The year 2017 comes with a great deal of symbolic significance, marking as it does 120 years since the first Zionist Congress in Basel, Switzerland, declaring its goal of establishing for the Jewish people a publicly and legally assured home in Land of Israel; 100 years since the signing of the Balfour Declaration and the recognition of the Jewish people’s right to a national home in the Land of Israel; 80 years since the Peel Commission proposed the partition of the Land of Israel into two states – one Jewish and one Arab; 70 years since the United Nations General Assembly voted in favor of the partition plan; and 50 years since the Six Day War liberated Judea and Samaria, and brought about the unification of Jerusalem.
Apparently, 2017 also marks 10 years since the launch of the Institute for National Security Studies (INSS), whose mission is to outline the current and future security challenges facing the State of Israel. And the INSS 10th annual conference also coincides with the inauguration of President Donald Trump, an event certain to have major implications on the relationship between Israel and the United States. The conference will, in fact, examine in-depth the future of strategic relations between the US and Israel, with the help of many guest speakers from the US who will address this issue from various angles.
President Rivlin addressed the 10th annual INSS International Conference on Monday, saying, among other things, that “the major strategic threat highlighted in this year’s annual assessment is the ‘weakness in Israeli solidarity, and the culture of division.’ This is not just a passing statement.”
“This is not just a typographical error,” the president continued, “This is an urgent and critical call, which reflects the understanding that solidarity is part of our national resilience, a call which declares that the internal tensions in Israel represent a threat to our existence and our very security – no less than the external military threats, which have been weakened in recent times. The warning is real, and dealing with this threat is up to us, and up to us alone.”
“The internal disputes are numerous and varied,” Rivlin pointed out, “The relationship between the military and society, the relationship between religion and state, the relationship between the public and government institutions.”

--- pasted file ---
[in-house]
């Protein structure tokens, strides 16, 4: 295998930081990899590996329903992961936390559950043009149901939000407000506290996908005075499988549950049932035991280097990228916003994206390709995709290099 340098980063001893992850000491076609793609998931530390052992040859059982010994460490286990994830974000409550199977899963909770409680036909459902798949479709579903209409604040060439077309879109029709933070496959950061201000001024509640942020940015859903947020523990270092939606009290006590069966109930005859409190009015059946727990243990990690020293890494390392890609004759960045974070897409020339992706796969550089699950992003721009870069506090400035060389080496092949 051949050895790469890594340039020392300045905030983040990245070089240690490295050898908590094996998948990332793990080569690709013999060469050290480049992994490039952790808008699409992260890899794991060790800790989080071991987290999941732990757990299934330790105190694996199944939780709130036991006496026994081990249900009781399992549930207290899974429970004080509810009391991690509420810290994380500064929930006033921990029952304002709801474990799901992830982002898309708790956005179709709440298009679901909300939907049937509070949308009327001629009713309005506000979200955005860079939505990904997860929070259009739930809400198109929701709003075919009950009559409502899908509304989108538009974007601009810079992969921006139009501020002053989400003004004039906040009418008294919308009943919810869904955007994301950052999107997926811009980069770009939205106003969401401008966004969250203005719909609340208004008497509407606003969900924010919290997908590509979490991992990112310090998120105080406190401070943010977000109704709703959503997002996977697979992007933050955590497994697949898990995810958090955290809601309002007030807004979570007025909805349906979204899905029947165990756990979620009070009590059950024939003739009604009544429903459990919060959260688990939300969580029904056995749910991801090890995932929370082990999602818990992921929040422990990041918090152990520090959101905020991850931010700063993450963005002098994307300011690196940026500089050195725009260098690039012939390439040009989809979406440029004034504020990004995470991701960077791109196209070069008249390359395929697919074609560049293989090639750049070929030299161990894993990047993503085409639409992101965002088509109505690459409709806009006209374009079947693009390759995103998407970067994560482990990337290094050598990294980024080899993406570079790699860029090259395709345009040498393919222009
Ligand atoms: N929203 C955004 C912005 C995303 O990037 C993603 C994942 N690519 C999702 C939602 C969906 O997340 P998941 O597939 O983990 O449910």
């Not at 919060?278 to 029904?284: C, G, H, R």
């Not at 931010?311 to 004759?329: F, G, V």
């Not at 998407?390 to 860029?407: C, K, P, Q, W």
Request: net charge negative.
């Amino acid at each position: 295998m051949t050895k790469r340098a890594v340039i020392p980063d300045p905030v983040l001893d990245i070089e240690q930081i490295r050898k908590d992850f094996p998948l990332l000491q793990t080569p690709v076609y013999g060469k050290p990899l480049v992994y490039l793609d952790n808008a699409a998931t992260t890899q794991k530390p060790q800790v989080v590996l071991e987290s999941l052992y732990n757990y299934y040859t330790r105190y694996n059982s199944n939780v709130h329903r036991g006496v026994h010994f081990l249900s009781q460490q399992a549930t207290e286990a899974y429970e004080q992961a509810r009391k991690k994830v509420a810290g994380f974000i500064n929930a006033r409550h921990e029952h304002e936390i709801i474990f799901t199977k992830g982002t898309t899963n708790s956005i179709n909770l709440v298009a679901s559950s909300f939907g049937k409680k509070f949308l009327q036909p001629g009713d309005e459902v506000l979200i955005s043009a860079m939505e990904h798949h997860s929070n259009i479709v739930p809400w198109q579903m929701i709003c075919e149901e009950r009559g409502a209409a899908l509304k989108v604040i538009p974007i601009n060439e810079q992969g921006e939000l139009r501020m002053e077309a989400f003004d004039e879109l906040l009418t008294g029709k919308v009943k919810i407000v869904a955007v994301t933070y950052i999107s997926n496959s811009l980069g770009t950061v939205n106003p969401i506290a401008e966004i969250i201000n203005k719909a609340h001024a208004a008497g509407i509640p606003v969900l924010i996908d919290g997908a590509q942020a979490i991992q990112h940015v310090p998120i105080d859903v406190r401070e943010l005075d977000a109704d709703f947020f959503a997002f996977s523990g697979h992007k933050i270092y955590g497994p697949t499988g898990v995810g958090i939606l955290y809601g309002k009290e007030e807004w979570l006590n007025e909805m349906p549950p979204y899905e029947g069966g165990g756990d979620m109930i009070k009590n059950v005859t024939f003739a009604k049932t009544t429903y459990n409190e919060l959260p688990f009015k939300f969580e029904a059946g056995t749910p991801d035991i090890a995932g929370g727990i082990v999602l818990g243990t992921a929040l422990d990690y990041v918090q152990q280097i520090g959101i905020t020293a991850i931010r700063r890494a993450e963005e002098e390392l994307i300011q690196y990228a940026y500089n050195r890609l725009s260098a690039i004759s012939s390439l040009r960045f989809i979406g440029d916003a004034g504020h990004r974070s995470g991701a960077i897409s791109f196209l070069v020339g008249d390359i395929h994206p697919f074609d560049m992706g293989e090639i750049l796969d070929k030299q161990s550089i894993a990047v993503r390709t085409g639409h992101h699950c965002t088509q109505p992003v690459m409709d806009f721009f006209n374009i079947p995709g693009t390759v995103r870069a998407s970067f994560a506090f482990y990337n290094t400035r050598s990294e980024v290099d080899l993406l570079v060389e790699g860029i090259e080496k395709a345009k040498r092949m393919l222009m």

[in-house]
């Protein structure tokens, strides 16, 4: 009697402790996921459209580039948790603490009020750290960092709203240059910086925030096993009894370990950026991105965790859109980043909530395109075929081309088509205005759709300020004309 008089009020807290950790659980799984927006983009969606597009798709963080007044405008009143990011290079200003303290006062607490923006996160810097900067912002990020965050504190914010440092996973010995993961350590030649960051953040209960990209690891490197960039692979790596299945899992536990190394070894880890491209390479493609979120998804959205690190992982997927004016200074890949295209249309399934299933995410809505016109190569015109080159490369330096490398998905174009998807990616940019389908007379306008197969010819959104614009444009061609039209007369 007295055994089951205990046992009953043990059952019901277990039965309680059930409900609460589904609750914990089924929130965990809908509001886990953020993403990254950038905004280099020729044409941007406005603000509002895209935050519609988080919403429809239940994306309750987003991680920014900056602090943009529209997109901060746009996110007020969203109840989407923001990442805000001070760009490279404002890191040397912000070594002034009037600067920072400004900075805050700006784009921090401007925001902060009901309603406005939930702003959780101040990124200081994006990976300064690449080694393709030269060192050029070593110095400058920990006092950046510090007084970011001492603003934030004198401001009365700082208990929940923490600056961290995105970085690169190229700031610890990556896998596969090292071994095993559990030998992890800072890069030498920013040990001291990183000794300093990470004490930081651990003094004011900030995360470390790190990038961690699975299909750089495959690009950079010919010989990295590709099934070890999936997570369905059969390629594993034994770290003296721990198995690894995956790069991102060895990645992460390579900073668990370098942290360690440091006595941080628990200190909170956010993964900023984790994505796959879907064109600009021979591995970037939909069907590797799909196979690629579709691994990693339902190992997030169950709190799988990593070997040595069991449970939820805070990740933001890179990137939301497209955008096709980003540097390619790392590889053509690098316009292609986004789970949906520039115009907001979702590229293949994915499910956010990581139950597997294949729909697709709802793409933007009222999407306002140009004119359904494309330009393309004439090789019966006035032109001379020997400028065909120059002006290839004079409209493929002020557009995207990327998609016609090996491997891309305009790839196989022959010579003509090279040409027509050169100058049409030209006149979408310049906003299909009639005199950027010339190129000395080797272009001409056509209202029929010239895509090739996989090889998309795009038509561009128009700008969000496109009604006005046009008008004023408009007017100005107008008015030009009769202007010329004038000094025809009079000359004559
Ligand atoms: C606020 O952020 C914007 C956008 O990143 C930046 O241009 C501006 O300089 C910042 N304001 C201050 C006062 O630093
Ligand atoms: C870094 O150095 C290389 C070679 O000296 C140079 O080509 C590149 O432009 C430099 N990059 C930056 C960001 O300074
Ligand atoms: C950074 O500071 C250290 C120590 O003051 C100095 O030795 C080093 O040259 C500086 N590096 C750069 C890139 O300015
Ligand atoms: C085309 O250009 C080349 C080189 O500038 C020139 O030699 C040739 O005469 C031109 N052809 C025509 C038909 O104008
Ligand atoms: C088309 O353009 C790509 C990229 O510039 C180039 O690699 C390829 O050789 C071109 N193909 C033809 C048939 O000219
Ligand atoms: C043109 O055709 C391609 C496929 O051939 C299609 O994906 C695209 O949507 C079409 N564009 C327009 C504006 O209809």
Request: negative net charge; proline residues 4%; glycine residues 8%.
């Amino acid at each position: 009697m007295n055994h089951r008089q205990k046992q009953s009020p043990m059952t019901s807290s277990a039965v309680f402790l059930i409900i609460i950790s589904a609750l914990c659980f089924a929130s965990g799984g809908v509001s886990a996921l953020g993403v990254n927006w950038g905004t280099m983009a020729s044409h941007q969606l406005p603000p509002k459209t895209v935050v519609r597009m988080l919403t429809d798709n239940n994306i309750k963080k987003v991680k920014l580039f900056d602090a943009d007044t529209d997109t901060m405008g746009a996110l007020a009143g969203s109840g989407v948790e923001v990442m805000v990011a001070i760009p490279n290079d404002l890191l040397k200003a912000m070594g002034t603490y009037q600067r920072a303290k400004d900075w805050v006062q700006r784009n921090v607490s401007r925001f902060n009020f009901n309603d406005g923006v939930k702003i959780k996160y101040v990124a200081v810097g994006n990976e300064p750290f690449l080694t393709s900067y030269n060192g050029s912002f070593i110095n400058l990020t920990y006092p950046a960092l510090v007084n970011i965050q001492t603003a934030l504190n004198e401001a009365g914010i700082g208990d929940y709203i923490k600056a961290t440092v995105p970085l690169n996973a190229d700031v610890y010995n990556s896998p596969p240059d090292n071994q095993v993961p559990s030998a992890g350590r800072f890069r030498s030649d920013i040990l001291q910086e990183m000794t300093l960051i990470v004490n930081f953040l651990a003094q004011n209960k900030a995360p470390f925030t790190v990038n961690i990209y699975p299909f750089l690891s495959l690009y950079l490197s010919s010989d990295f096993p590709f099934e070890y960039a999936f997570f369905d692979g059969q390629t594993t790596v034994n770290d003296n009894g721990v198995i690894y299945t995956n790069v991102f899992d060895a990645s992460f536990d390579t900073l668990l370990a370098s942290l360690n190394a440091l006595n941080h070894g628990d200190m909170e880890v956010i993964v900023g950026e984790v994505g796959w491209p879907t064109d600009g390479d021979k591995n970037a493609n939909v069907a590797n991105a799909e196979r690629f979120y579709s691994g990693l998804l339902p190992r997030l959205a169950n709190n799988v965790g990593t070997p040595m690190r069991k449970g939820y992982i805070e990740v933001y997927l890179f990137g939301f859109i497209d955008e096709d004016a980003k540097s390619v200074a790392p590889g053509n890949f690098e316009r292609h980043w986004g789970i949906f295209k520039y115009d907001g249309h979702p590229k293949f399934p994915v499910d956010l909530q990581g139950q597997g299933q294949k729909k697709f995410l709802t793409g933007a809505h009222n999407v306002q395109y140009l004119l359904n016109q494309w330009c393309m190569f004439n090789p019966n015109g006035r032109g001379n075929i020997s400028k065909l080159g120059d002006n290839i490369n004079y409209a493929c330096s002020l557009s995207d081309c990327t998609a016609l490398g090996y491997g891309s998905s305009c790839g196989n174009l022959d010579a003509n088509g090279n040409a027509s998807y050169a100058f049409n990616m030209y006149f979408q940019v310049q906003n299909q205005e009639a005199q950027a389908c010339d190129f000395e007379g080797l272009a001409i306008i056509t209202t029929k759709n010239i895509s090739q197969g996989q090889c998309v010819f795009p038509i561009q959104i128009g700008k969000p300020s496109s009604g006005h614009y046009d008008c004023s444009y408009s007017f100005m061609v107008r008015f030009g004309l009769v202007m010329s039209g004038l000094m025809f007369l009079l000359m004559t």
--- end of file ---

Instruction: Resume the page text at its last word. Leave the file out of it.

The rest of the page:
“Last week we were all exposed to one such internal sensitivity relating to the Bedouin community,” Rivlin noted, explaining, “I want to distinguish between what occurred on the ground, and a long-term solution. A plan of action for the Bedouin community has been on the Government’s table now for a long time. […] I can even say that there is agreement on close to 90 percent of the issues addressed in the plan. The disagreements exist on the remainder. Without doubt, there will be issues which will require enforcement – but, there are also agreements.”
However, Rivlin reiterated, “the delay in the plan’s implementation is catastrophic for the State of Israel. If we wait another 20 years, we will be unable to solve the problem. The arrangement with the Bedouins must be at the very top of the public agenda. We are talking about the soul of the State of Israel. This is said also in relation to the general Arab sector.”
Rivlin cited the Or Commission, which back in 2000 “warned that the issue of regulating illegal construction in the Arab sector was of great concern in the community, among other reasons, due to the absence of an overall plan. We cannot wait another moment. Each hesitation distances us further from the solution, and has the ability to increase the divisions, and the violence.”